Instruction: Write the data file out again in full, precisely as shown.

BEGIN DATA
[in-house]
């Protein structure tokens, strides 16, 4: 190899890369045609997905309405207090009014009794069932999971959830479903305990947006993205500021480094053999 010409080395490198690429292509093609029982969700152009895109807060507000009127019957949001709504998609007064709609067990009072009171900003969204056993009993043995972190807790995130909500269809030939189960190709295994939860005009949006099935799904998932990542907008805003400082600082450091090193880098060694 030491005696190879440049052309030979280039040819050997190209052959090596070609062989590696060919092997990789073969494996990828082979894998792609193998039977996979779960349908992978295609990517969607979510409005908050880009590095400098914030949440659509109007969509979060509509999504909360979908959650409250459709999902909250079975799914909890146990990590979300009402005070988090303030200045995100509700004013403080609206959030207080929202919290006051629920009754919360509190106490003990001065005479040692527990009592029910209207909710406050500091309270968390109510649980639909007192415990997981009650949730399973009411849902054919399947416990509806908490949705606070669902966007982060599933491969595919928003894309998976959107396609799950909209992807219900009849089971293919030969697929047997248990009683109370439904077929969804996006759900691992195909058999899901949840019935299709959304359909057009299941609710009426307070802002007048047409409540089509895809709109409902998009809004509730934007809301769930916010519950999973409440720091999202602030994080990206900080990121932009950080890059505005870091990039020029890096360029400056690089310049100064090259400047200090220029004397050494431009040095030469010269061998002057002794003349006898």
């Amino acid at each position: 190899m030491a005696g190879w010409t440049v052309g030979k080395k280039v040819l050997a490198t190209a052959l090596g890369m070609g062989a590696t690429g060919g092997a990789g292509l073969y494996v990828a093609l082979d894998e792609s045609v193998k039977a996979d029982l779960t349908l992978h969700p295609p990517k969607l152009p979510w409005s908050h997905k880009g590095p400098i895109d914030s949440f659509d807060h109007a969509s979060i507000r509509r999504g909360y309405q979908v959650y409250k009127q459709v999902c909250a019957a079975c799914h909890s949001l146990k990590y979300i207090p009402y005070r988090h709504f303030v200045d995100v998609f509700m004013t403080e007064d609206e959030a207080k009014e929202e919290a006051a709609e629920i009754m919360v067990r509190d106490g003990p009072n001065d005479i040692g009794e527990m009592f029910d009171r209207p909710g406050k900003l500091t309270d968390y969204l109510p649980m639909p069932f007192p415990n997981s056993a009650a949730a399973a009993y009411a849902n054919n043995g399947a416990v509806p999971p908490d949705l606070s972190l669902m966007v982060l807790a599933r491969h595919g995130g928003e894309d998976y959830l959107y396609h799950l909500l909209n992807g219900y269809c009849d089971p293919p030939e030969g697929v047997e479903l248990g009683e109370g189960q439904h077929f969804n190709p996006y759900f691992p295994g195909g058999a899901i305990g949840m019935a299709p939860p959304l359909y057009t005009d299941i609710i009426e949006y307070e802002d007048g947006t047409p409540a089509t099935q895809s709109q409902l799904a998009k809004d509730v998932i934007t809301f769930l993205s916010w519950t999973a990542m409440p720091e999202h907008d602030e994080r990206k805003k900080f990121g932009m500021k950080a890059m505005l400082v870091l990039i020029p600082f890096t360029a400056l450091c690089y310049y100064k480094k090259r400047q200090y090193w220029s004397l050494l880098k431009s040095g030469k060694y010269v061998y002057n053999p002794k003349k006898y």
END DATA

[in-house]
């Protein structure tokens, strides 16, 4: 190899890369045609997905309405207090009014009794069932999971959830479903305990947006993205500021480094053999 010409080395490198690429292509093609029982969700152009895109807060507000009127019957949001709504998609007064709609067990009072009171900003969204056993009993043995972190807790995130909500269809030939189960190709295994939860005009949006099935799904998932990542907008805003400082600082450091090193880098060694 030491005696190879440049052309030979280039040819050997190209052959090596070609062989590696060919092997990789073969494996990828082979894998792609193998039977996979779960349908992978295609990517969607979510409005908050880009590095400098914030949440659509109007969509979060509509999504909360979908959650409250459709999902909250079975799914909890146990990590979300009402005070988090303030200045995100509700004013403080609206959030207080929202919290006051629920009754919360509190106490003990001065005479040692527990009592029910209207909710406050500091309270968390109510649980639909007192415990997981009650949730399973009411849902054919399947416990509806908490949705606070669902966007982060599933491969595919928003894309998976959107396609799950909209992807219900009849089971293919030969697929047997248990009683109370439904077929969804996006759900691992195909058999899901949840019935299709959304359909057009299941609710009426307070802002007048047409409540089509895809709109409902998009809004509730934007809301769930916010519950999973409440720091999202602030994080990206900080990121932009950080890059505005870091990039020029890096360029400056690089310049100064090259400047200090220029004397050494431009040095030469010269061998002057002794003349006898």
């Amino acid at each position: 190899m030491a005696g190879w010409t440049v052309g030979k080395k280039v040819l050997a490198t190209a052959l090596g890369m070609g062989a590696t690429g060919g092997a990789g292509l073969y494996v990828a093609l082979d894998e792609s045609v193998k039977a996979d029982l779960t349908l992978h969700p295609p990517k969607l152009p979510w409005s908050h997905k880009g590095p400098i895109d914030s949440f659509d807060h109007a969509s979060i507000r509509r999504g909360y309405q979908v959650y409250k009127q459709v999902c909250a019957a079975c799914h909890s949001l146990k990590y979300i207090p009402y005070r988090h709504f303030v200045d995100v998609f509700m004013t403080e007064d609206e959030a207080k009014e929202e919290a006051a709609e629920i009754m919360v067990r509190d106490g003990p009072n001065d005479i040692g009794e527990m009592f029910d009171r209207p909710g406050k900003l500091t309270d968390y969204l109510p649980m639909p069932f007192p415990n997981s056993a009650a949730a399973a009993y009411a849902n054919n043995g399947a416990v509806p999971p908490d949705l606070s972190l669902m966007v982060l807790a599933r491969h595919g995130g928003e894309d998976y959830l959107y396609h799950l909500l909209n992807g219900y269809c009849d089971p293919p030939e030969g697929v047997e479903l248990g009683e109370g189960q439904h077929f969804n190709p996006y759900f691992p295994g195909g058999a899901i305990g949840m019935a299709p939860p959304l359909y057009t005009d299941i609710i009426e949006y307070e802002d007048g947006t047409p409540a089509t099935q895809s709109q409902l799904a998009k809004d509730v998932i934007t809301f769930l993205s916010w519950t999973a990542m409440p720091e999202h907008d602030e994080r990206k805003k900080f990121g932009m500021k950080a890059m505005l400082v870091l990039i020029p600082f890096t360029a400056l450091c690089y310049y100064k480094k090259r400047q200090y090193w220029s004397l050494l880098k431009s040095g030469k060694y010269v061998y002057n053999p002794k003349k006898y």